Black youth activist says: 'Nothing here for our folks,' plans African American Cultural Museum, youth programs in Des Moines

A new nonprofit organization is developing plans for an African American museum in Des Moines in 2026.

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Norris Hildreth Sr. wants something better for Black youth in Iowa.

The coach and youth activist wants them to learn about Black history and participate in youth programs tailored to help them to tap into their greatness. He founded the nonprofit, Bettering Youth Organization, with the goal of creating an African American Cultural Museum to do just that.

“All they see on TV is negative stuff about Black people,” said Hildreth, who was born and raised on the south side of Chicago, Illinois. “Nothing positive.”

The programs will highlight Blacks' national contributions to music, art, science and more. The museum will feature the contributions of Blacks around the globe, including Motown and Soul Train, the Black Panthers, Black Wall Street, the Negro Leagues and the Tuskegee Airmen, he said. He is searching for a location in Des Moines and hopes to open the museum in 2026.

Hildreth had worked with youth for more than 16 years in Chicago. He created the nonprofit there and operated a youth baseball league at Cornnell Square Park to give youth something positive to do. He received a community service award from the Illinois Park and Recreation Association for his efforts.

"'Does anybody know who Jackie Robinson was?'” he asked the teens. “And do you know that none of those kids knew who Jackie Robinson was. That really hurt my spirit. They didn’t know about the Negro Leagues.”

Hildreth also served as vice president of the Community of Black Chamber of Commerce for three years. He left Illinois in 2012, moved to Iowa, and works as a bus driver for DART. His desire to help Black youth has remained.

“When I moved here, I was like man, they don’t really have nothing here for our folks,” he said.

Norris Hildreth Sr. Photo courtesy of Hildreth.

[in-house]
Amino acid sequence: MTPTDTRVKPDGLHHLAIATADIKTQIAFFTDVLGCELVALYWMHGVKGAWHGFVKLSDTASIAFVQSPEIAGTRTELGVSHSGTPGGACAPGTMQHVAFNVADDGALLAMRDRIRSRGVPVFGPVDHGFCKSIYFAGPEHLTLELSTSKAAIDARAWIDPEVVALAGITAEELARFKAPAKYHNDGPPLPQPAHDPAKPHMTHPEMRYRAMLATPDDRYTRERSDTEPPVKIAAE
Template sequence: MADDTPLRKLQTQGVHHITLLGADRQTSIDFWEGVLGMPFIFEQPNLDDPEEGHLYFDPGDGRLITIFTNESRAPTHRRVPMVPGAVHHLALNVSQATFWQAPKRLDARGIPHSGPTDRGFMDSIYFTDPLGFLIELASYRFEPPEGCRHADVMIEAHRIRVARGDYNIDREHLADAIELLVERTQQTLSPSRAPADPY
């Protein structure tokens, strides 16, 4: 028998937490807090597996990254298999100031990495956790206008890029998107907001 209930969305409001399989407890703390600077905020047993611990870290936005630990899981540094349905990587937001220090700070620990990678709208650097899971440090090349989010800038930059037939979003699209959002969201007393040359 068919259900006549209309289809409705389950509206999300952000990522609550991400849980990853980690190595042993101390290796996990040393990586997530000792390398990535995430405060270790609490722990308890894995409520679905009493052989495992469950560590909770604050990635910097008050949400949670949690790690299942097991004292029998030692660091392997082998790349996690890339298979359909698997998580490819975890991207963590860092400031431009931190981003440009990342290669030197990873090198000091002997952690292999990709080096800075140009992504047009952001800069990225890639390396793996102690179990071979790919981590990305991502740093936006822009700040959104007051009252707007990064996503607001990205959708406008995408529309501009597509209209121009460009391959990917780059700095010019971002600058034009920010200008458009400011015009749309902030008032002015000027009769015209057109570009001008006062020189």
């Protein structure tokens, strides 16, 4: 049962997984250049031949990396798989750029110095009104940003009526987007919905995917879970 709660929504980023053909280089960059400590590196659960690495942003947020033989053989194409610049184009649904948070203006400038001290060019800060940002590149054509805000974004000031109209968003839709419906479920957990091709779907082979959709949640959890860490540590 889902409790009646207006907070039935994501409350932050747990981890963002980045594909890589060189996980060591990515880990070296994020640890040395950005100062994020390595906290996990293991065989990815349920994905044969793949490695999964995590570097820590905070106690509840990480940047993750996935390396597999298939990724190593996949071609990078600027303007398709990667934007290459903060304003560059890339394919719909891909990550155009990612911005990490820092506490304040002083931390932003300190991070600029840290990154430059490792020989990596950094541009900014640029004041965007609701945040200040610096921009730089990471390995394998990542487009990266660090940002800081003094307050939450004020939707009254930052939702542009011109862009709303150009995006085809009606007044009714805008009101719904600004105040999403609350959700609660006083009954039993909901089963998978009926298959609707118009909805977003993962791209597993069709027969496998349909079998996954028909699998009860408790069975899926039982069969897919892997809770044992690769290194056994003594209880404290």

Some of the community members he talked to shared his concerns. Hildreth transferred the nonprofit to Iowa and began developing his plans at the Evelyn K. Davis Center for Working Families’ Small Business Solutions Center, Nonprofit Boot Camp & One-on-One Coaching. His son, Norris Hildreth Jr. is also on the nonprofit’s board.

“Norris has an amazing drive and determination to see this project through,” said Curtis Baugh, Iowa SBA Minority Small Business Champion of the Year and director of the Small Business Solutions Center at the DMACC Evelyn K. Davis Center. “His passion shows, and he does the work that needs to be done to have a successful nonprofit.”

More than 300 nonprofit groups have participated in the bootcamp over the years, Baugh said. Most participants have also benefited from individual coaching, and the bootcamp helps them get a clear understanding of what a nonprofit is, bylaws and how to get grants, he said.

Baugh has worked with more than 1,000 individual small businesses, representing primarily immigrant and diverse populations during his four years at the center, he said.

See @SBA_Iowa's post on Twitter.

Hildreth is pursuing grants for his registered 501c3 organization, building a website, seeking donations and eyeing land to develop or an existing building. His plans also include holding a fundraising gala.

Hildreth encourages community members to share their ideas about the project with him and support the museum once it’s built. He said: "These kids really, really need it . . . They need something to do.”

“We have to train them: Y’all can be anything y’all want to be,” he said.

The African American Museum of Iowa is located in Cedar Rapids, and Hildreth said there is room for similar projects, like his, elsewhere.

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